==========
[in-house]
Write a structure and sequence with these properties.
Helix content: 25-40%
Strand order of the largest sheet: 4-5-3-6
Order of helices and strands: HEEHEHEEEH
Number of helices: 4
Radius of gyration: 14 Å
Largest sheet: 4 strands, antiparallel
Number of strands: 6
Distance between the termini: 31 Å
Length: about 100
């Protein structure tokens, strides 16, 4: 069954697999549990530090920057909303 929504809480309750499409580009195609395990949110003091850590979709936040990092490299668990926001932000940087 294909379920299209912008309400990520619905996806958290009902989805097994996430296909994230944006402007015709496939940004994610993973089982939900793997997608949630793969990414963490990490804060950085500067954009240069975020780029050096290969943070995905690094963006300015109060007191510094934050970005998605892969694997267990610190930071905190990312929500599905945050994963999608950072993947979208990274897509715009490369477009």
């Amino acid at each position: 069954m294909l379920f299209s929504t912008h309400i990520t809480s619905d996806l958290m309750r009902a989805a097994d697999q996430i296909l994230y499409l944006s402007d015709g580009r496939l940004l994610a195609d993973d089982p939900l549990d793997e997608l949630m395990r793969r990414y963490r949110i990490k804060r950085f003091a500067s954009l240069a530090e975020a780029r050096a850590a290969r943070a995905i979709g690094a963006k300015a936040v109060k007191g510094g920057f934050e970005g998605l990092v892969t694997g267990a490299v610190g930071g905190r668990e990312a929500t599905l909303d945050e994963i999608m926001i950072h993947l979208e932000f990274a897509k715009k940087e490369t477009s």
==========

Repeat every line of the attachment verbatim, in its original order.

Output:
[in-house]
Write a structure and sequence with these properties.
Helix content: 25-40%
Strand order of the largest sheet: 4-5-3-6
Order of helices and strands: HEEHEHEEEH
Number of helices: 4
Radius of gyration: 14 Å
Largest sheet: 4 strands, antiparallel
Number of strands: 6
Distance between the termini: 31 Å
Length: about 100
């Protein structure tokens, strides 16, 4: 069954697999549990530090920057909303 929504809480309750499409580009195609395990949110003091850590979709936040990092490299668990926001932000940087 294909379920299209912008309400990520619905996806958290009902989805097994996430296909994230944006402007015709496939940004994610993973089982939900793997997608949630793969990414963490990490804060950085500067954009240069975020780029050096290969943070995905690094963006300015109060007191510094934050970005998605892969694997267990610190930071905190990312929500599905945050994963999608950072993947979208990274897509715009490369477009």
């Amino acid at each position: 069954m294909l379920f299209s929504t912008h309400i990520t809480s619905d996806l958290m309750r009902a989805a097994d697999q996430i296909l994230y499409l944006s402007d015709g580009r496939l940004l994610a195609d993973d089982p939900l549990d793997e997608l949630m395990r793969r990414y963490r949110i990490k804060r950085f003091a500067s954009l240069a530090e975020a780029r050096a850590a290969r943070a995905i979709g690094a963006k300015a936040v109060k007191g510094g920057f934050e970005g998605l990092v892969t694997g267990a490299v610190g930071g905190r668990e990312a929500t599905l909303d945050e994963i999608m926001i950072h993947l979208e932000f990274a897509k715009k940087e490369t477009s």